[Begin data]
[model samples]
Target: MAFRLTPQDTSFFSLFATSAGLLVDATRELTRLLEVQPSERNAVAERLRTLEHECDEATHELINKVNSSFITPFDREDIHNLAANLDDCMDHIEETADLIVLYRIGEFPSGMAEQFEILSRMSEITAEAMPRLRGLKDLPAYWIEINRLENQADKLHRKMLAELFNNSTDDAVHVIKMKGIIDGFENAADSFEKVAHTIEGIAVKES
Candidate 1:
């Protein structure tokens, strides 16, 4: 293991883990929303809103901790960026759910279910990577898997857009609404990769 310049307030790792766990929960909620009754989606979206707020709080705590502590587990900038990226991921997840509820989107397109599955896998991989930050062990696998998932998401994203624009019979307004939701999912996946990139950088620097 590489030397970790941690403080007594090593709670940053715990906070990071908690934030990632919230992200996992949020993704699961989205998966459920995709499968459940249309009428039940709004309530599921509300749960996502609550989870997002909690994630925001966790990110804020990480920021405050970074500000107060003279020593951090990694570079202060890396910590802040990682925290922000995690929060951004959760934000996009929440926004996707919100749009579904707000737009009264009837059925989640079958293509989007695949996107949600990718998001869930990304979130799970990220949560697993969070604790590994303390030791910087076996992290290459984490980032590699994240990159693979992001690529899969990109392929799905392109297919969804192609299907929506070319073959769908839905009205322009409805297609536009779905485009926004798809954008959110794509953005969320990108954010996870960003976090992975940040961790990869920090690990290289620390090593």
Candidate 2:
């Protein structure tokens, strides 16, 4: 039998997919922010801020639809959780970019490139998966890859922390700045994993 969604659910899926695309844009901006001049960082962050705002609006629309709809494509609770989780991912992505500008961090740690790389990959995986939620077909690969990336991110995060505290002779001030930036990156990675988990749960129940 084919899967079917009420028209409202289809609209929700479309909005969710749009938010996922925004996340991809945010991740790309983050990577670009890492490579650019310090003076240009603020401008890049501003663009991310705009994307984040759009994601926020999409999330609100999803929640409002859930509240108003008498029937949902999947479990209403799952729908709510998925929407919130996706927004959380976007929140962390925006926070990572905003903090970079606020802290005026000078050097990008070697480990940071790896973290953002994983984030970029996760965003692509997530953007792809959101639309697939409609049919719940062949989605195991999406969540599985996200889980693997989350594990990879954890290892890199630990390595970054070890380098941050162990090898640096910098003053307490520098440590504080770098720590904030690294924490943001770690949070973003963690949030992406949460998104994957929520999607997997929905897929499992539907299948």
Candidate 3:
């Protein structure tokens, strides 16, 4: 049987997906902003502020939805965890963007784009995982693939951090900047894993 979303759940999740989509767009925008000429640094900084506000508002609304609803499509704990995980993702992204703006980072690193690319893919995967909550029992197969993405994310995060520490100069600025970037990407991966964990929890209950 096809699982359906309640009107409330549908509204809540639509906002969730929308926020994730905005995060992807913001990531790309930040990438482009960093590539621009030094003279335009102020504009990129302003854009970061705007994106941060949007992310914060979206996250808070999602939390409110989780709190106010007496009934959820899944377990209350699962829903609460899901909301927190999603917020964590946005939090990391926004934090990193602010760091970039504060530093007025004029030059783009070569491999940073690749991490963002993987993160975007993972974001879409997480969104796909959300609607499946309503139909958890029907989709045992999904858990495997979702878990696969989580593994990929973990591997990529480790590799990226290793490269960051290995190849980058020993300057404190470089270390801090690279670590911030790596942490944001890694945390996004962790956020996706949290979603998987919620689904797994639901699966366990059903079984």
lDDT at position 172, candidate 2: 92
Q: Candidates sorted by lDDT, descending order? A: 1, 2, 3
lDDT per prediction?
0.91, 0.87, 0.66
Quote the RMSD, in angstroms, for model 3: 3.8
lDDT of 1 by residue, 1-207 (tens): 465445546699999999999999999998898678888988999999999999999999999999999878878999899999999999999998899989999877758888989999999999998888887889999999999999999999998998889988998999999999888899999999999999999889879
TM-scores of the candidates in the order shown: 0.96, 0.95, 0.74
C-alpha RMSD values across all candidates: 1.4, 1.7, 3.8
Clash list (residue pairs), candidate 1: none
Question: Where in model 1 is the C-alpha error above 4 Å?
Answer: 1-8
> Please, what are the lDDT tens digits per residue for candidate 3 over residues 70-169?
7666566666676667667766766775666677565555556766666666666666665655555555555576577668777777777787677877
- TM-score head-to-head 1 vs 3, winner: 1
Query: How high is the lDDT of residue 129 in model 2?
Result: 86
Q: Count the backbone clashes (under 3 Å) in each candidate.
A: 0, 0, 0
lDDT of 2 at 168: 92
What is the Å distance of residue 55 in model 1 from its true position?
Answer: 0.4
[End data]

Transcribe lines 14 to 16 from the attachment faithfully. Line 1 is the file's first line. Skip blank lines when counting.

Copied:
lDDT of 1 by residue, 1-207 (tens): 465445546699999999999999999998898678888988999999999999999999999999999878878999899999999999999998899989999877758888989999999999998888887889999999999999999999998998889988998999999999888899999999999999999889879
TM-scores of the candidates in the order shown: 0.96, 0.95, 0.74
C-alpha RMSD values across all candidates: 1.4, 1.7, 3.8